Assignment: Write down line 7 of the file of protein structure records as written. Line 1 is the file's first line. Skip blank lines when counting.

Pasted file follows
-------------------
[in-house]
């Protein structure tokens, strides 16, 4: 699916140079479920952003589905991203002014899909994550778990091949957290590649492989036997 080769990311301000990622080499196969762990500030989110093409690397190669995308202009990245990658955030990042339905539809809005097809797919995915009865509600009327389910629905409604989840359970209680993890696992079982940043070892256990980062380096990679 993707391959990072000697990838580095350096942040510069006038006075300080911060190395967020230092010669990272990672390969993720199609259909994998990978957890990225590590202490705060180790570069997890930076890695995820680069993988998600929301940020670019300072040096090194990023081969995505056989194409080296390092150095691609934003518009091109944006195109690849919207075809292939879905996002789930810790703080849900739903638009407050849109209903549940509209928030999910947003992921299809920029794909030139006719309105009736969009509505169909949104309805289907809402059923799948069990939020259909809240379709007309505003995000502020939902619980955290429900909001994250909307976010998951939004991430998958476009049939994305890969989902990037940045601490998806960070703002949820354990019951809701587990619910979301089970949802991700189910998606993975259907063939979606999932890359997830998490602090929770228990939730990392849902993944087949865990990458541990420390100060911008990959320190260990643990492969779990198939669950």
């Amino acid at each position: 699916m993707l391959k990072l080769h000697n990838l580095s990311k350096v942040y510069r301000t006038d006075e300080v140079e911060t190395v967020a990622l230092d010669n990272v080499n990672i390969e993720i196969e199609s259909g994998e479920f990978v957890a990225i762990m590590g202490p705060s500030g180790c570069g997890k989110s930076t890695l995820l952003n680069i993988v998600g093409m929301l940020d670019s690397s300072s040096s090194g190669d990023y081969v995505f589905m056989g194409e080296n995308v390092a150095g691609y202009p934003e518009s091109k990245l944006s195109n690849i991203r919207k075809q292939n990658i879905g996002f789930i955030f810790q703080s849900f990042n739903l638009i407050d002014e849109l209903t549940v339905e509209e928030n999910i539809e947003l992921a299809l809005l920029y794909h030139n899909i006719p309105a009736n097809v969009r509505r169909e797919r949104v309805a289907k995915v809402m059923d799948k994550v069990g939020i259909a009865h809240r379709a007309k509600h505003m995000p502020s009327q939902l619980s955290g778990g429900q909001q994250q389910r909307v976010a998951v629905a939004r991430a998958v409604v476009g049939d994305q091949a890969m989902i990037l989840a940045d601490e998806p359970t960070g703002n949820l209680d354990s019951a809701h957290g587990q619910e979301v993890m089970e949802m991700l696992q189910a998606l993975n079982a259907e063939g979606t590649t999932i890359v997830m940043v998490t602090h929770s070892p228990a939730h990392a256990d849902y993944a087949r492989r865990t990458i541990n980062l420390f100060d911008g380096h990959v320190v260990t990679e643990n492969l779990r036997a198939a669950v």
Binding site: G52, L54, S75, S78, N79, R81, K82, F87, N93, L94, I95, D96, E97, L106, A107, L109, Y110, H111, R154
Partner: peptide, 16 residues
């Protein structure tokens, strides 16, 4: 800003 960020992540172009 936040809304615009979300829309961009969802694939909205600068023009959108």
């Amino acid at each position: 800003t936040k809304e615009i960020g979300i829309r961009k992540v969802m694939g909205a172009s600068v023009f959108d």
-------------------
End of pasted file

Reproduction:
């Amino acid at each position: 800003t936040k809304e615009i960020g979300i829309r961009k992540v969802m694939g909205a172009s600068v023009f959108d």